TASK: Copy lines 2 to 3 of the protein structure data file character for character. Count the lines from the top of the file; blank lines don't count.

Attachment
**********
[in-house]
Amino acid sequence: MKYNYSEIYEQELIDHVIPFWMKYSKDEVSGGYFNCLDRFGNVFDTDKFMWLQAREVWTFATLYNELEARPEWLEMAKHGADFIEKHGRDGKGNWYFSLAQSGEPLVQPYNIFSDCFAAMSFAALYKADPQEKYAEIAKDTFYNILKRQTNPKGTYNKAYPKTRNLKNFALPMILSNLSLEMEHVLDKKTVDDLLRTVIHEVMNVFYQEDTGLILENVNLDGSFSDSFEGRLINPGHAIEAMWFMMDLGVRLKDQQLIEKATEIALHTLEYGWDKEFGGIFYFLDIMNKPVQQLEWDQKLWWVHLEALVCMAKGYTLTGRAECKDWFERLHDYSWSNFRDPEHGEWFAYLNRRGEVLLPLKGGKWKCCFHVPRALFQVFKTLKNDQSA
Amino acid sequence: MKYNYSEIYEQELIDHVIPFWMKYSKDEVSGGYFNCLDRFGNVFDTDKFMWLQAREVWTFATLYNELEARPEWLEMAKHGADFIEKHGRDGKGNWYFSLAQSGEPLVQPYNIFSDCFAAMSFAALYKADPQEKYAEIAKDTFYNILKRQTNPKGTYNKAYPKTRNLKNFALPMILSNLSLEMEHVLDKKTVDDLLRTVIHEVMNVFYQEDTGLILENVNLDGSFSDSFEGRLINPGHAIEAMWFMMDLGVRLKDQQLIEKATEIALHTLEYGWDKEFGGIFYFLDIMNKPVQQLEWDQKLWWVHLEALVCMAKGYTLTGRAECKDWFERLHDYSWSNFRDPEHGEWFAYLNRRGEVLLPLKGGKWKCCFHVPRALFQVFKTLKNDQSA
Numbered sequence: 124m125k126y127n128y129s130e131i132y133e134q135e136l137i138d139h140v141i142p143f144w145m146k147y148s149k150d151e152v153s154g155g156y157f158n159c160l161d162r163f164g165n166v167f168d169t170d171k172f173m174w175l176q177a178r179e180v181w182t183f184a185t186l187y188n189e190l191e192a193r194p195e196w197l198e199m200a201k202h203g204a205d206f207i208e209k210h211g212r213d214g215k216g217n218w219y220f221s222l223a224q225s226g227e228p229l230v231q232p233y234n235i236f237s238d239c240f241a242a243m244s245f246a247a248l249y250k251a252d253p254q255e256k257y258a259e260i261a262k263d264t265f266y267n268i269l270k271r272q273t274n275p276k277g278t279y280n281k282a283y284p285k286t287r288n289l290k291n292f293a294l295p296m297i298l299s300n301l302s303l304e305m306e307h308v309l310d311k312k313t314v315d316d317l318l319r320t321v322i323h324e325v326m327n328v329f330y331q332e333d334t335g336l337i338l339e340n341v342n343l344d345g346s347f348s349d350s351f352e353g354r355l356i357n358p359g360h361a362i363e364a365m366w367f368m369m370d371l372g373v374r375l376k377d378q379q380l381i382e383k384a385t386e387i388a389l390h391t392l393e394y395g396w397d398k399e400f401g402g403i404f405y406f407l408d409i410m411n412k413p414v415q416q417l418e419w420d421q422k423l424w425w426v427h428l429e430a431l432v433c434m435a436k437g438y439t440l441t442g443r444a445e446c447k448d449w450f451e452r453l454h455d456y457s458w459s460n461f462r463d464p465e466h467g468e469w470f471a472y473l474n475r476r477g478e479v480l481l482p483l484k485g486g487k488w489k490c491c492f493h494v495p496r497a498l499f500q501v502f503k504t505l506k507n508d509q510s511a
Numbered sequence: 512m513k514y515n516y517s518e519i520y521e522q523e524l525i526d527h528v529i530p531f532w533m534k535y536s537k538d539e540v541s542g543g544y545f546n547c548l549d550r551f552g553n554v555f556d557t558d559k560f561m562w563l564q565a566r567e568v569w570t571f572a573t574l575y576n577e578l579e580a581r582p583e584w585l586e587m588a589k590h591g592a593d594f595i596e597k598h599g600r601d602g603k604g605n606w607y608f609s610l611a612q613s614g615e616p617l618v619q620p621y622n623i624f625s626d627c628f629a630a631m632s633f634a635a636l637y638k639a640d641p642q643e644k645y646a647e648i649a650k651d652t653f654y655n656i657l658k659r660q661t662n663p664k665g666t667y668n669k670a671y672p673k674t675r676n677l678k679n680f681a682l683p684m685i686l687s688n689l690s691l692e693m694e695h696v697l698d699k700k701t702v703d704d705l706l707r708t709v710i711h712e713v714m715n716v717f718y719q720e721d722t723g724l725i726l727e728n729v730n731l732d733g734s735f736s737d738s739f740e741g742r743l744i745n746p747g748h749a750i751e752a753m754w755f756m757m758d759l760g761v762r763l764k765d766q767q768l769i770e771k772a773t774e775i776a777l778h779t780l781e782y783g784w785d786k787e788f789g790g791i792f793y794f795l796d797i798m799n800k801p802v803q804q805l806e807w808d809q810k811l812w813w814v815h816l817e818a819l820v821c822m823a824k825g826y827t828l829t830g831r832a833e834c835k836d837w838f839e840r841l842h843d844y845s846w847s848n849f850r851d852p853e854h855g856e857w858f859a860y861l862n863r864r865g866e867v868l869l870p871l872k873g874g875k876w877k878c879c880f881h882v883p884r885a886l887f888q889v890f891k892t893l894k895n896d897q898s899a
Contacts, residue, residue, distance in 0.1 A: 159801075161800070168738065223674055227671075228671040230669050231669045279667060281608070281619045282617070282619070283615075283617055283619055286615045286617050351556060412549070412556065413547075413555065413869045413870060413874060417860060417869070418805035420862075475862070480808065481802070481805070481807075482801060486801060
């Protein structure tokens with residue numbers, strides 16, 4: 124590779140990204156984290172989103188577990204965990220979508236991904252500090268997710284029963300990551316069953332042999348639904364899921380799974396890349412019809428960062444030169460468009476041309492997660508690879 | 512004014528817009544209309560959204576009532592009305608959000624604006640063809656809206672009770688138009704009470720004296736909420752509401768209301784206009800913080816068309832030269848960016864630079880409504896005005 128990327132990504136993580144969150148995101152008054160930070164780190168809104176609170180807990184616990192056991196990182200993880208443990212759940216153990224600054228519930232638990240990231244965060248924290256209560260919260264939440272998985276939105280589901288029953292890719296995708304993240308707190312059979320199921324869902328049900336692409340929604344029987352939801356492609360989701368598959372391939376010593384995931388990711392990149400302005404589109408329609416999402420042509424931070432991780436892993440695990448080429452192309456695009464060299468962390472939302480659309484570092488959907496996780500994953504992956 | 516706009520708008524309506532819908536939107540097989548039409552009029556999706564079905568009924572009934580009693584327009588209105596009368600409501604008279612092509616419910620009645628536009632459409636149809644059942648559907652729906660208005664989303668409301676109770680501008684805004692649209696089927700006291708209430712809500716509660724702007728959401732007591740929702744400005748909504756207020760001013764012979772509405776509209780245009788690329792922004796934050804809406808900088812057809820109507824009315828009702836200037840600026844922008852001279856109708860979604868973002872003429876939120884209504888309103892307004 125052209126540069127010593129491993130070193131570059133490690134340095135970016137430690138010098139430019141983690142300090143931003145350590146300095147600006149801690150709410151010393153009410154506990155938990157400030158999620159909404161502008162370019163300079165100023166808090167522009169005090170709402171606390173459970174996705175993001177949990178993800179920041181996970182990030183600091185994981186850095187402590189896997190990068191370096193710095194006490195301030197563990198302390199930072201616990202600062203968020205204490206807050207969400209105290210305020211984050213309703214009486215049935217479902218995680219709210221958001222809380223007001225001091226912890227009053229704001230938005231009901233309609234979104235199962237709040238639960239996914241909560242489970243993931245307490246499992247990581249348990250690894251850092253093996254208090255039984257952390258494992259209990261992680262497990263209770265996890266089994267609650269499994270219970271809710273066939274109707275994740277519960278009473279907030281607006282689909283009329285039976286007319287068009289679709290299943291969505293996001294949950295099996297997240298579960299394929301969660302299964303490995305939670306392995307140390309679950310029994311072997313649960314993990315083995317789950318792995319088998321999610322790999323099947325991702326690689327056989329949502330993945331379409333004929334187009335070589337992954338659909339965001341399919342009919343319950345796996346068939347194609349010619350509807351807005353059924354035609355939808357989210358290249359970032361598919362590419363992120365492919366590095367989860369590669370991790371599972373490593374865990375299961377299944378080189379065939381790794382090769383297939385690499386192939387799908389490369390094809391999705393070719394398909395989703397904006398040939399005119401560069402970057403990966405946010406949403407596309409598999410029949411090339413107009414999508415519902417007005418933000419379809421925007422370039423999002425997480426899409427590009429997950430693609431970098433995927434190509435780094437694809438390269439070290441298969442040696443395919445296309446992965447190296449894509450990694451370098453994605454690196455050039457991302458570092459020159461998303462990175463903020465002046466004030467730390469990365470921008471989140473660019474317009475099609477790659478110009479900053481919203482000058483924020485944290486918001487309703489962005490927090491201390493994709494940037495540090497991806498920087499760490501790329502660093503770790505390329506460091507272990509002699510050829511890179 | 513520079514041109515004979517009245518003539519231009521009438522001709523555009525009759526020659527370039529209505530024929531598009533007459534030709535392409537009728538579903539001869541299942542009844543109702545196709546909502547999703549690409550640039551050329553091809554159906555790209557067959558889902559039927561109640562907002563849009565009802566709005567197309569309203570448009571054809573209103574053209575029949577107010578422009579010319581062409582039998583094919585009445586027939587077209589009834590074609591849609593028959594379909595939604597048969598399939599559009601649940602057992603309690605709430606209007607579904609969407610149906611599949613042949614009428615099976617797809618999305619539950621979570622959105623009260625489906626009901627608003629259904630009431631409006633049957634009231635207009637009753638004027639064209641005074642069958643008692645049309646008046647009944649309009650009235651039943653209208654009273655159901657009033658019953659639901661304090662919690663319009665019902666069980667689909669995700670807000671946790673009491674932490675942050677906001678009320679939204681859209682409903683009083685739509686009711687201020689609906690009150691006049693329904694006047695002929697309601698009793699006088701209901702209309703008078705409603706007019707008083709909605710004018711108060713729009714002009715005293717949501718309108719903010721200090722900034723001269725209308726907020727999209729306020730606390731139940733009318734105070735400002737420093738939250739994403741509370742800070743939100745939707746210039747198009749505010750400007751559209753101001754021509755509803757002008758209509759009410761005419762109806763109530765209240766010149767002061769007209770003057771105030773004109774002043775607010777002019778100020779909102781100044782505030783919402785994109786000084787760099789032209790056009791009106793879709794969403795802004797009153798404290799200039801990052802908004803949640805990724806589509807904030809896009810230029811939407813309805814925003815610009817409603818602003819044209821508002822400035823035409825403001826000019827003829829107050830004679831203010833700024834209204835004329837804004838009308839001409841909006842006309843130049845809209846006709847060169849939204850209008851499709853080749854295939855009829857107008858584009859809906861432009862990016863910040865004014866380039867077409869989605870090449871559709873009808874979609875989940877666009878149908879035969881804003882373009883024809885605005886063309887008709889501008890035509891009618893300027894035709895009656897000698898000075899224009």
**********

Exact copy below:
Amino acid sequence: MKYNYSEIYEQELIDHVIPFWMKYSKDEVSGGYFNCLDRFGNVFDTDKFMWLQAREVWTFATLYNELEARPEWLEMAKHGADFIEKHGRDGKGNWYFSLAQSGEPLVQPYNIFSDCFAAMSFAALYKADPQEKYAEIAKDTFYNILKRQTNPKGTYNKAYPKTRNLKNFALPMILSNLSLEMEHVLDKKTVDDLLRTVIHEVMNVFYQEDTGLILENVNLDGSFSDSFEGRLINPGHAIEAMWFMMDLGVRLKDQQLIEKATEIALHTLEYGWDKEFGGIFYFLDIMNKPVQQLEWDQKLWWVHLEALVCMAKGYTLTGRAECKDWFERLHDYSWSNFRDPEHGEWFAYLNRRGEVLLPLKGGKWKCCFHVPRALFQVFKTLKNDQSA
Amino acid sequence: MKYNYSEIYEQELIDHVIPFWMKYSKDEVSGGYFNCLDRFGNVFDTDKFMWLQAREVWTFATLYNELEARPEWLEMAKHGADFIEKHGRDGKGNWYFSLAQSGEPLVQPYNIFSDCFAAMSFAALYKADPQEKYAEIAKDTFYNILKRQTNPKGTYNKAYPKTRNLKNFALPMILSNLSLEMEHVLDKKTVDDLLRTVIHEVMNVFYQEDTGLILENVNLDGSFSDSFEGRLINPGHAIEAMWFMMDLGVRLKDQQLIEKATEIALHTLEYGWDKEFGGIFYFLDIMNKPVQQLEWDQKLWWVHLEALVCMAKGYTLTGRAECKDWFERLHDYSWSNFRDPEHGEWFAYLNRRGEVLLPLKGGKWKCCFHVPRALFQVFKTLKNDQSA